The news sits innocuously atop the day's completed reports, two sheets of paper declaring that his world is already shifting on its foundations. Chase pulls out the desk chair which still feels just a bit stolen and sits heavily in it, running his fingers over the thin sheets, as though they might disintegrate into fantasy in the dim lamp light. The details are minimal: one email and one airport itinerary.
It has been three months since he spoke to Cameron last, and he wonders how quickly things have fallen apart for her this time: whether it has been quick once more, a decisive collapse, foundations giving way on a moment's notice. Or whether, perhaps, the cracks might have formed more slowly this time, whether the doubts might already have been brewing in her mind when she'd come to the funeral, if their fleeting conversation had been intended as more—a test, a sign.
Chase runs his fingers over the smooth face of the paper, and pictures her neat signature, already etched in the permanence of ink, waiting for his own to complete their separation. Closing his eyes, he wonders whether the loops of her name looked the same this time, whether anything has changed.
The first thing he feels is instinctive bitterness, almost comforting in its familiarity. But this time it does not last, shifting like shadow into tentative hope, the sort of creeping, persistent possibility that steals his breath and tugs silently at his core. He wants this, he realizes, desperately.
Getting to his feet, Chase folds the pages into a tiny square and slides them into his pocket to rest against the scar that marks his heart.
Cameron looks like a ghost walking out of the nearly-deserted terminal, pale in the late-night fluorescent lighting, her hair framing her face and nearly obscuring the baby sleeping fitfully against her shoulder. She obviously is not expecting to meet anyone here, and for one breathless moment, Chase wonders what he will do if she does not notice him, if he might simply allow himself to disappear from her world once and for all.
But she does see him, almost immediately, altering her path to meet him where he is standing, in a corner near the baggage claim.
"Foreman told you," she says, coming to a stop in front of him. The baby is still asleep on her shoulder, tiny fingers wrapped around the collar of her shirt.
Chase is struck instantly by the intimacy of this moment, the terrible vulnerability of meeting her here, at this point on the path of her life. He wonders what it was like for her, getting off the plane in Chicago three years ago, whether there was anyone to meet her then.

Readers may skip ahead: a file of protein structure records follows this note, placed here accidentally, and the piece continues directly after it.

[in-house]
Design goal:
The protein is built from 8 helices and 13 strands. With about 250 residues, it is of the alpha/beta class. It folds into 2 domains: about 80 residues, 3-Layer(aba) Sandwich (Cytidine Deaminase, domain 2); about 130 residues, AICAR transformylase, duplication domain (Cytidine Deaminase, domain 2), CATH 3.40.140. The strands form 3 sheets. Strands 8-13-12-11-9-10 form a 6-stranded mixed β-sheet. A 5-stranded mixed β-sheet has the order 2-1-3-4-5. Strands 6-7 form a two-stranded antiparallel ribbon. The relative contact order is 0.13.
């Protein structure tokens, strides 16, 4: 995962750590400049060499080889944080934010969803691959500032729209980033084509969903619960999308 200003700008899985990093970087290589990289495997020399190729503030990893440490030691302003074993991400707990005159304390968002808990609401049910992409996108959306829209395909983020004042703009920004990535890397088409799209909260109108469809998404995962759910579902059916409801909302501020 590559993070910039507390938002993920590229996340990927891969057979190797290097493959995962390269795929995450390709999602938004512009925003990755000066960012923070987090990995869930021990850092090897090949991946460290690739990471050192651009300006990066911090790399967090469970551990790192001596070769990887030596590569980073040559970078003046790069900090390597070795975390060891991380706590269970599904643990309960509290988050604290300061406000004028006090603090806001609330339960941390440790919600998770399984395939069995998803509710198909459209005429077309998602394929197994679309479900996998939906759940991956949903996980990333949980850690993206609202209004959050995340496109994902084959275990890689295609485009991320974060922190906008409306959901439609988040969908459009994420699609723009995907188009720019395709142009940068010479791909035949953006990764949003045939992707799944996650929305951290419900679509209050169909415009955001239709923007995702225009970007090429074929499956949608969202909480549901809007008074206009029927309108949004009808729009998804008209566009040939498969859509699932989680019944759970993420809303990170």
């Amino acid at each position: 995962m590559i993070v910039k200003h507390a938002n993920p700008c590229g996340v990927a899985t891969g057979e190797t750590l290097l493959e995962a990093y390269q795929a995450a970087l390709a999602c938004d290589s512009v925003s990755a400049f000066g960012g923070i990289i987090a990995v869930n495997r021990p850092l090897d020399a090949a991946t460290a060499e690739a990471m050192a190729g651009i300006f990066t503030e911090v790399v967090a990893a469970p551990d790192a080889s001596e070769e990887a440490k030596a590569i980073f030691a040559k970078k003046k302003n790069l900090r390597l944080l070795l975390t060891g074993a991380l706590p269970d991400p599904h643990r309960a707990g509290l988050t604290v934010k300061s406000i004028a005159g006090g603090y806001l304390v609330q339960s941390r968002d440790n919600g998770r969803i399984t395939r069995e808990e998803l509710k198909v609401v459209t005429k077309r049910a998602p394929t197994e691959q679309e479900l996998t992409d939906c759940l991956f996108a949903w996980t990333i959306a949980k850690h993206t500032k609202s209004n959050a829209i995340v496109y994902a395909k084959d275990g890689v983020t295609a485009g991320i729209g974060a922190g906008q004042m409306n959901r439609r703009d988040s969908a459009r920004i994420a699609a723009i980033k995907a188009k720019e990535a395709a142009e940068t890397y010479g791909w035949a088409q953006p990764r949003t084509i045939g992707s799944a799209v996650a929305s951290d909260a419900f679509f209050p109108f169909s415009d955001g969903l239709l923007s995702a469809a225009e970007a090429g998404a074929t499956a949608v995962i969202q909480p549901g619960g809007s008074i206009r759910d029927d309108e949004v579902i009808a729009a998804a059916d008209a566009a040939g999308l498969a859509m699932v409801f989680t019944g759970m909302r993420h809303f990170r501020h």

"He made sure I knew," says Chase, though the sound of his own voice feels foreign in his ears, detached from the reality of standing here with her now, closer than he has ever expected to be again. He feels awash in adrenaline, surprised by how desperately he wants to reconnect with her, after three years trying to convince himself that his life has moved on. "I'm sorry if that's not what you wanted. It's just—it's late, and it's raining, and I thought—I've got a spare room, if you want it."
Surprise is reflected in the changing tension of her body, though it does not show on her face. She does not answer immediately.
"I know it's selfish," says Chase, "but I'm glad you're moving back. And I've got no expectations. I just want to help, if you'll let me." For the space of one breathless instant he is certain that this is all a mistake, that he has been right all along in keeping from her his true emotions.
But then Cameron smiles faintly, stepping forward to catch him in a one-armed hug. "Thank you," she whispers against his ear.
Chase's new apartment feels much too large and quiet, as though, even after two years, he has not allowed his life to fill the totality of its space. Looking at the bare walls of the guest room, Cameron cannot help comparing it to his first apartment in Princeton, where she'd stayed countless nights before they'd gotten the condo. It hadn't felt like a real home either, but at least it had suited all the many eccentricities she'd come to love about Chase. This place feels conspicuously temporary, and she wonders why. He's seemed perfectly happy, all things considered, at least in the brief contact they've had. But she is certain that he must think the same of her life, a pretty, insubstantial lie which has left her standing here now, with a suitcase full of regrets.